MJ: As a Pastor, I know that every case must be judged on its own merits. That said, I think that the Scriptures are clear that the subjective and objective aspects of assurance are helpful. I think the Psalms need to be read and re-read; it’s amazing how often the Psalms will speak to our spiritual state in a way that no other portion of Scripture does. Plus, singing the Psalms leaves a Christian with little doubt which side he/she is on! Prayer, too, is immensely helpful in terms of assurance. But, Goodwin is right; Christ is worth all; and so I would say the objective work of Christ must be uppermost in one’s heart and mind.
GD: What do contemporary Evangelicals have to learn from the Puritans regarding the danger of identifying a political party or cause with the kingdom of God?
MJ: I think we need to be careful with our eschatology; the Puritans, Goodwin especially, had horrible eschatology. Goodwin thought he was living on the verge of eschatological glory (1650-1700s); he thus interpreted a lot of the political events in light of the book of Revelation. A lot of the madness among certain evangelicals today is basically a re-run of the seventeenth century, most of them just don’t know it! In light of history, we need to be very cautious with our ideas of how politics relate to the kingdom of God.
GD: Wise words. Now, if time travel were possible, which figure in post-biblical church history would you like to meet (apart from Goodwin!), and what would you say to him?
MJ: Wow, what a question. I think I’d like to meet George Whitefield and ask him to preach! He must be one of the greatest preachers who has ever lived.
GD: No arguments there. The great Puritan preachers like Thomas Goodwin and John Owen were pastor-theologians. Today, the Reformed churches are blessed with theologians and pastors, but there seem to be few pastor-theologians. What can be done to rectify this?
MJ: Owen and Goodwin were operating with incredible “hard drives”. I really don’t like the present understanding that the scholars in the Seminaries are the experts! Seminary profs are like warm-up drivers; Pastors are the ones who do the formula one racing; the best theologians in the church, historically, have been Pastors. The problem is that for Pastors it is so incredibly hard to keep up-to-date with all the relevant scholarship. I don’t know how some of these Pastors write so many books AND care for their flock. Of course, if one is simply a “Teaching Pastor” (though, I don’t understand how anyone can really preach effectively to their congregation if they don’t know them) then it may be possible to be a Pastor-Theologian. So, I guess my answer is that maybe we should get rid of Seminaries ... but that’s perhaps too bold an idea!
GD: Maybe. Now, you recently advised your readers, "Master at least one systematician; but if you decide to take my advice, I would say that Bavinck's your man!" Why is Bavinck the best for systematic theology?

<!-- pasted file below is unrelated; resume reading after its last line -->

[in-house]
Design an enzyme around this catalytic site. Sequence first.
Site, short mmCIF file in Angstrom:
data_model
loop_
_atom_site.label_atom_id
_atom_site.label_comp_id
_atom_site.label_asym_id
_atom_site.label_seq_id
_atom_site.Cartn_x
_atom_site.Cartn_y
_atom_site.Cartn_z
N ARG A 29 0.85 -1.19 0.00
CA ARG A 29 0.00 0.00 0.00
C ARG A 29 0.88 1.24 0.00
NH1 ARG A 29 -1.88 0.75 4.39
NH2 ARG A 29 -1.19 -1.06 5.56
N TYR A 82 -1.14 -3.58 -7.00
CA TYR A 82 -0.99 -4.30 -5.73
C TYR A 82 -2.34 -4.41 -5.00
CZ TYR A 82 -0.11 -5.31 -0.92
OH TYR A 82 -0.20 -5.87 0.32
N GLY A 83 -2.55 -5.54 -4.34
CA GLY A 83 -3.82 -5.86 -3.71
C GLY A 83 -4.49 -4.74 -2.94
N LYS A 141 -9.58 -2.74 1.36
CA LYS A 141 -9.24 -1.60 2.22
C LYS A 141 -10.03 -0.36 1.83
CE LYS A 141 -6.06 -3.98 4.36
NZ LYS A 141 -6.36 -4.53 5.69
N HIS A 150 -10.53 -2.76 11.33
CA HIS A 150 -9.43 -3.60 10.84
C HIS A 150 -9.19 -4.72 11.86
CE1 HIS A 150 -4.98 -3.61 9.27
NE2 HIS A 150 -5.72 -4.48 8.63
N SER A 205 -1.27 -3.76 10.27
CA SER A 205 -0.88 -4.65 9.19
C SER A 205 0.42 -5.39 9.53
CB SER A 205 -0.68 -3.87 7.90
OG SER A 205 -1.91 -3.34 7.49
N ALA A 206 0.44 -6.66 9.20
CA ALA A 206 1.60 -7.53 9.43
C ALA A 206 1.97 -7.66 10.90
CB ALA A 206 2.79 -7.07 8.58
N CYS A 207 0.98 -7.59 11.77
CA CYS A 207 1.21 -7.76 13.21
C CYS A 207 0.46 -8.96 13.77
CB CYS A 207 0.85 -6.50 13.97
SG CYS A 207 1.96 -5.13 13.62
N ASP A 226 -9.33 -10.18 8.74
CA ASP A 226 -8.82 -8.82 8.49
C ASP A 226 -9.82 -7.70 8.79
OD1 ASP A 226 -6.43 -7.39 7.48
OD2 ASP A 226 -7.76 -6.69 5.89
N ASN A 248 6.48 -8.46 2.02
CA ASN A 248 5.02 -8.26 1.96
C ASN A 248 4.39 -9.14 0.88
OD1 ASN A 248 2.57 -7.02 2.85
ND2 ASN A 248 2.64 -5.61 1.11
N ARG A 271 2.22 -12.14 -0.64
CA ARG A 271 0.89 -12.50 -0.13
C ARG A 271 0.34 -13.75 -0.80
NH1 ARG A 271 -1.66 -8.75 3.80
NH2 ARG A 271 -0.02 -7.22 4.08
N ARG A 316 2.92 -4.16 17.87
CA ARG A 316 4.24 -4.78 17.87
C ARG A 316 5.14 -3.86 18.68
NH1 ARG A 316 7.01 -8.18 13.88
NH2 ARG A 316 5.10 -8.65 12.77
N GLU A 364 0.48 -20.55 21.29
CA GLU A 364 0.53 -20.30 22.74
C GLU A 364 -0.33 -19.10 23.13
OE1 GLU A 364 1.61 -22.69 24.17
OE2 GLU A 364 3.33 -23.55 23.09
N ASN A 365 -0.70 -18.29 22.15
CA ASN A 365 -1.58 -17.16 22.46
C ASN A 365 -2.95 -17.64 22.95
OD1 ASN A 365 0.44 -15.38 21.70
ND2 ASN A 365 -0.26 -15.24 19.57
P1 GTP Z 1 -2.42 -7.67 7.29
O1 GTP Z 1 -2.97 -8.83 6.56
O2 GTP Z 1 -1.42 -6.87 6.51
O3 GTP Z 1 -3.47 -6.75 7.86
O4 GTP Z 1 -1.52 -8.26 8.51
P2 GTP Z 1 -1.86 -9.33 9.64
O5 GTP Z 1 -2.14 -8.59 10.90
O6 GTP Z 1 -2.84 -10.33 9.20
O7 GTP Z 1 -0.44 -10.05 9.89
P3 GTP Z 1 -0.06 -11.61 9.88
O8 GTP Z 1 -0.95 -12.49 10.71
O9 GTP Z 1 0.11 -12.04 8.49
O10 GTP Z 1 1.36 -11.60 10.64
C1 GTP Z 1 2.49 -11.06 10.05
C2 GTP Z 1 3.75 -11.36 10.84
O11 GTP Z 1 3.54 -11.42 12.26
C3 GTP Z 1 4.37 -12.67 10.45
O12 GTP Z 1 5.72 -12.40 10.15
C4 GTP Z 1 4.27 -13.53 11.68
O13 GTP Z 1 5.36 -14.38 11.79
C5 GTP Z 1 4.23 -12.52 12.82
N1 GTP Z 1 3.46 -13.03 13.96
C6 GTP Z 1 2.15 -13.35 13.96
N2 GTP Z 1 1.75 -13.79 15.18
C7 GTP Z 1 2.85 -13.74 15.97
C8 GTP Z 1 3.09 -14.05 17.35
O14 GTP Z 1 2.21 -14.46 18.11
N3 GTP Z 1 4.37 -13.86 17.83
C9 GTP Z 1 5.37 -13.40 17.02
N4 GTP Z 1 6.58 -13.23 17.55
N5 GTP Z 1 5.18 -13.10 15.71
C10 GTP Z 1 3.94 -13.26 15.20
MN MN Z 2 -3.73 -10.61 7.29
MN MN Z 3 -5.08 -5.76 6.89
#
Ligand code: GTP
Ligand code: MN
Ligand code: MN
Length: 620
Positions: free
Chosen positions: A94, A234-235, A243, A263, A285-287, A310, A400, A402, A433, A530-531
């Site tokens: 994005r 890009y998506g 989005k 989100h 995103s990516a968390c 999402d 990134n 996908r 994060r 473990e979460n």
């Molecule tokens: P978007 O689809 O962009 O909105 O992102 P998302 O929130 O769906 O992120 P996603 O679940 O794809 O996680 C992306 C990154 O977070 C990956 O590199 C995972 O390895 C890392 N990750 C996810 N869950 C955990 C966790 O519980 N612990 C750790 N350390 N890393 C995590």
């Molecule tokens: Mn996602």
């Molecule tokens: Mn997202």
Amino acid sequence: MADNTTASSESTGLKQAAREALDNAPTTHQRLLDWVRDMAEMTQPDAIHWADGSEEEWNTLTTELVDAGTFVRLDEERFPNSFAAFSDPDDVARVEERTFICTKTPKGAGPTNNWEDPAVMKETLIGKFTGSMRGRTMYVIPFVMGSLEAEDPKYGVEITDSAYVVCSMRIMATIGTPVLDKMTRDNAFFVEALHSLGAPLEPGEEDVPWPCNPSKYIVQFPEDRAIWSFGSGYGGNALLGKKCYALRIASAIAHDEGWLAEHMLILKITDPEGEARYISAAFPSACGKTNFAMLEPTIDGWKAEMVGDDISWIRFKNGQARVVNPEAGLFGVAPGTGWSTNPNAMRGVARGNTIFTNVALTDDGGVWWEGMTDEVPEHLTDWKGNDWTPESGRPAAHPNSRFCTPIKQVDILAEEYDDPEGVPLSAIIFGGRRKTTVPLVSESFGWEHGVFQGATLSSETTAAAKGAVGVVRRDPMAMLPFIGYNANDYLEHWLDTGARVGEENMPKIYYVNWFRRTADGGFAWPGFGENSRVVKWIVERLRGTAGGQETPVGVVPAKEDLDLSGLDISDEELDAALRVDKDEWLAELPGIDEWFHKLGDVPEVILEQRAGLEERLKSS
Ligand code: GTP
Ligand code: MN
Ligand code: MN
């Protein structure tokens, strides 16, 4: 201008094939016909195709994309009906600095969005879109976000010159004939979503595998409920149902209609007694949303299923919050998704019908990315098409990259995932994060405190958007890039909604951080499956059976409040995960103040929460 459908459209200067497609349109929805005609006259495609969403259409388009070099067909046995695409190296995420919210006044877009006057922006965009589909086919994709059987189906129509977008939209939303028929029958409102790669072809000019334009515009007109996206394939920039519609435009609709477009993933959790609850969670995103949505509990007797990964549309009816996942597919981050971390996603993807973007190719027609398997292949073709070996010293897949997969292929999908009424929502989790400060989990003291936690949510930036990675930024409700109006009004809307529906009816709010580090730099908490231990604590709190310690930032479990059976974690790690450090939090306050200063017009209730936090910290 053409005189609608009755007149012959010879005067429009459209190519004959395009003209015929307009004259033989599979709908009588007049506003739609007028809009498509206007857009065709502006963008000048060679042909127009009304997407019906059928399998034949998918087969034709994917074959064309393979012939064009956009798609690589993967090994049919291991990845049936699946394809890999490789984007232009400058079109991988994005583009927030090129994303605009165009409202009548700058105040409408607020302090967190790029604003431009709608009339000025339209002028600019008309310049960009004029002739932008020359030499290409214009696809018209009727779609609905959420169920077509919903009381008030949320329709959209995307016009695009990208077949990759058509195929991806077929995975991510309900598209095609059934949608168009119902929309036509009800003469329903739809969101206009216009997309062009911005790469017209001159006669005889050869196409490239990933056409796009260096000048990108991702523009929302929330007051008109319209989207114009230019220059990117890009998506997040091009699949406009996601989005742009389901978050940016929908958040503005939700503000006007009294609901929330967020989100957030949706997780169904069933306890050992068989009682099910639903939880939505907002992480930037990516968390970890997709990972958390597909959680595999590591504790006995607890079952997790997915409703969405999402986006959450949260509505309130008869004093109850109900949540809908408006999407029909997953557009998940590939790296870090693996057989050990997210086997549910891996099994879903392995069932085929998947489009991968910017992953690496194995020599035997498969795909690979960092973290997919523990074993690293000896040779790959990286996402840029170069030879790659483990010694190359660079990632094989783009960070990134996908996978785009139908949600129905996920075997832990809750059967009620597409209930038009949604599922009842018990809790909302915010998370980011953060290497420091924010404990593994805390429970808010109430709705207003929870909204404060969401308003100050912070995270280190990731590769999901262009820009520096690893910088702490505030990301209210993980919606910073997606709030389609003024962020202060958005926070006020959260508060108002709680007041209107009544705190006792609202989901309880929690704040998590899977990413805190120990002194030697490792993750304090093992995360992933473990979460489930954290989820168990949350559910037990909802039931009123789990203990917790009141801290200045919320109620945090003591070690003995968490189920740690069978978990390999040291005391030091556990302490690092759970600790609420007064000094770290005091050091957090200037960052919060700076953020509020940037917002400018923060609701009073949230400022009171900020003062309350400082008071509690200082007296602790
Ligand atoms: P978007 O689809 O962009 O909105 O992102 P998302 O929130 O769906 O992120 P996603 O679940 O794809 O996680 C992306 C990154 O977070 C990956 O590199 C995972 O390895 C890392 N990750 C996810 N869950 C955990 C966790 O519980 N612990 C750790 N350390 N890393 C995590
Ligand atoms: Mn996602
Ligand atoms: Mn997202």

MJ: I think Bavinck combines systematics with historical theology better than anyone. He’s not always exegetically rigorous, but he gives you a good sweep of the history of doctrine. I like being able to read ST and HT in one go! Saves me time.
GD: There is no doubt lots of time to be saved reading by Bavinck’s four volume dogmatics. Who is your favourite contemporary Reformed theologian?
MJ: I think Richard Gaffin is probably the best Reformed theologian we have right now; he’s influenced me a lot; the Reformed world is lacking high calibre systematicians; where are the Warfield’s or the Hodge’s? I really enjoy Carl Trueman’s work, too. But he’s a historian, not really a theologian.
GD: I’ve a lot of respect for Gaffin’s rich exegetical approach to theology. With him you don’t just get a dollop of doctrine followed by a string of proof texts. Trueman is a very stimulating and provocative church historian. What is the most helpful theological book that you have read in the last twelve months? It is a must read because...
MJ: I’ll go for two: Goodwin’s “The Heart of Christ in Heaven Towards Sinners on Earth” is one of the very best books I’ve ever read; it really is a “must-read”, and I don’t say that lightly. What amazing Christology; and Goodwin combines rich theology with pastoral care for his readers. I also think that Willem van Asselt’s book on Cocceius is probably the best book I’ve ever read in the field of Historical Theology. His book has an uncanny ability to humble anyone in the field of HT. It was worth the $200 I paid!
GD: Care to name your top three songs or pieces of music (not necessarily Christian)?
MJ: I like African music (Johnny Clegg and Savuka) because of my African roots (I was born in South Africa). Other than that, I really like listening to my congregation sing, especially when they sing Acapella; there’s nothing better than hearing human voices praise God.
GD: What is the biggest problem facing Reformed Evangelicalism at this time and how should we respond?
MJ: Our preaching is boring; I’m a huge fan of Martyn Lloyd-Jones and his view of preaching; we’ve become too academic and so many Reformed “sermons” are lectures. We are also very bad at application; many of our preachers couldn’t convict a fly. We need to pray that God will raise up great preachers, not young Reformed guys who know their so-called “five-points”.
GD: Amen to that, brother! And thanks, Mark for dropping by for this enjoyable conversation.Only one more Blogging in the name of the Lord interview to go in this set. Who will grace the hot seat for the series grand finale? You'll have to wait and see....